Blood Meridian by Cormac McCarthy. I'll simply link to my review of the book.

I'm going to take more time and do more reading this year. This past year was a clusterfuck for me, in a lot of ways.


Half a year's worth of new music disappeared back in June, so this is a truncated list.

Skeletal Lamping by Of Montreal. The over-the-top-band that has replaced The Flaming Lips in my crazy catagory. I liked their previous album more, but this one has plenty of fun to be had.

Gogol Bordello. No particular album. Just watch this, and imagine them on a stage twice the size, singing and dancing insanely like that for two hours. Best concert I've ever seen. I can only imagine the horrible damage the lead singing is wreaking on this vocal cords, but you know what? Good on 'em (and admit it, those two girls are hot).


New category. Find all of these on Itunes.

The History of Rome - A witty, charming recap of Roman history from the beginning to the end. On-going. This is my favorite podcast.

BBC's Ideas - Informative discussions on everything ranging from Spinoza to the Romantic Poets to the Great London Fire to late 19th century British/German relations.

CBC Radio 3 - An hour of fantastic Canadian music. Now is a good time to jump in, given that their best-of-the-year stuff is now out.


Another new category.

Guardians of the Galaxy by Dan Abnett. High flying cosmic adventures starring characters rehabilitated in the amazing Annihilation and Annihilation: Conquest. Funny dialogue and great art.

Homunculus by Hideo Yamamoto. The follow-up manga from the creator of my favorite comic, Ichi the Killer. A man gains the supernatural ability to see the physical manifestations of people's personalities. Insanity ensues.

There you have it.


Sunday, December 07, 2008

The Ultimates, Vol. 1 & 2

Top Ten Comic Series.

Playing with alternate versions of established characters is a common past time for comic writers. Marvel has What If?, DC has Elseworlds and various other ways for a particular writer to put his own stamp on a character.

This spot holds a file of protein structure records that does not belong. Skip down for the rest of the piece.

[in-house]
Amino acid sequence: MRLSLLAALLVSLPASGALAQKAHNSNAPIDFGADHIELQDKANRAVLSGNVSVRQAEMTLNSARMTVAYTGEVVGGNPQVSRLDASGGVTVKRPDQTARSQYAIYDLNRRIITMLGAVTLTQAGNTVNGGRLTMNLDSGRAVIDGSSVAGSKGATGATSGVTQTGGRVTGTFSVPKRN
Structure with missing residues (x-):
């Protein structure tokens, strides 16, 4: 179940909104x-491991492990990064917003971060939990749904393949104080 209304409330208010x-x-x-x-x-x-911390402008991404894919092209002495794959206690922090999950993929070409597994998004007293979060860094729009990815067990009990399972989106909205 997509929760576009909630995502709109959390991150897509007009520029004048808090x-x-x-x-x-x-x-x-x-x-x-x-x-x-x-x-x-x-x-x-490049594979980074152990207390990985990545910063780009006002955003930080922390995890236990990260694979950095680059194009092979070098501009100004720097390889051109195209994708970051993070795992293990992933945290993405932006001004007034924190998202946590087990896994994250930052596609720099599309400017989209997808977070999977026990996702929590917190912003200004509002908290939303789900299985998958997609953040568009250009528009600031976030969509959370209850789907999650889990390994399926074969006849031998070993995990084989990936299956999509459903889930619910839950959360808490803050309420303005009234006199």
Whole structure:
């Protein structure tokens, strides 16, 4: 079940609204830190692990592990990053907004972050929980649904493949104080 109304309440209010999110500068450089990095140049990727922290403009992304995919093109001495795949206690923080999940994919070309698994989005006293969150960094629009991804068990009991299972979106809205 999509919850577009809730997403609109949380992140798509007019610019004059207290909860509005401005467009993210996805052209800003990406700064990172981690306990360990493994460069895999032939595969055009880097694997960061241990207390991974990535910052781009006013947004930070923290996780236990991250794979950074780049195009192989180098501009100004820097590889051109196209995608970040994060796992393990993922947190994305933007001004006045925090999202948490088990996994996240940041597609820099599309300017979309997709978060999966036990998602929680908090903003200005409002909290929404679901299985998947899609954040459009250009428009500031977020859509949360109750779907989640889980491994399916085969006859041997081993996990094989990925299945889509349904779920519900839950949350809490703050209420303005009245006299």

Marvel's Ultimate line is probably the most successful re-imagining of an entire world I've ever come across (The MAX line might be better, but it does not re-create the whole Marvel world). The Ultimate line has done its best to place Marvel's primary characters into a realistic world. I think they've largely succeeded in this, with a list of caveats I won't bother to discuss.

Among the Ultimate line, the best was (emphasis past tense) The Ultimates, the new version of the Avengers. I think the redesign here is a brilliant triumph, and while the plotting and art in general are great, I`m going to focus here on the redesign itself.

The Ultimates are a military unit, the member's own claims occasionally to the contrary. They were developed by the U.S. government, for the sake of the U.S. government. And really, who else would have the funds or the ability to put together a real-life superhero group?

It is this intimate connection to the powers that be that provides a great foil for the re-creation of Thor. I've never really enjoyed the character of Thor; his speech has always annoyed me. Ultimate Thor is an entirely new beast - probably the character with the most radical changes. No longer does he speak in ye olde english; it's contemporary English for him now. No longer is he high and mighty; he's leftist activist, and for this reason, has no interest in joining a group of U.S. military lackeys.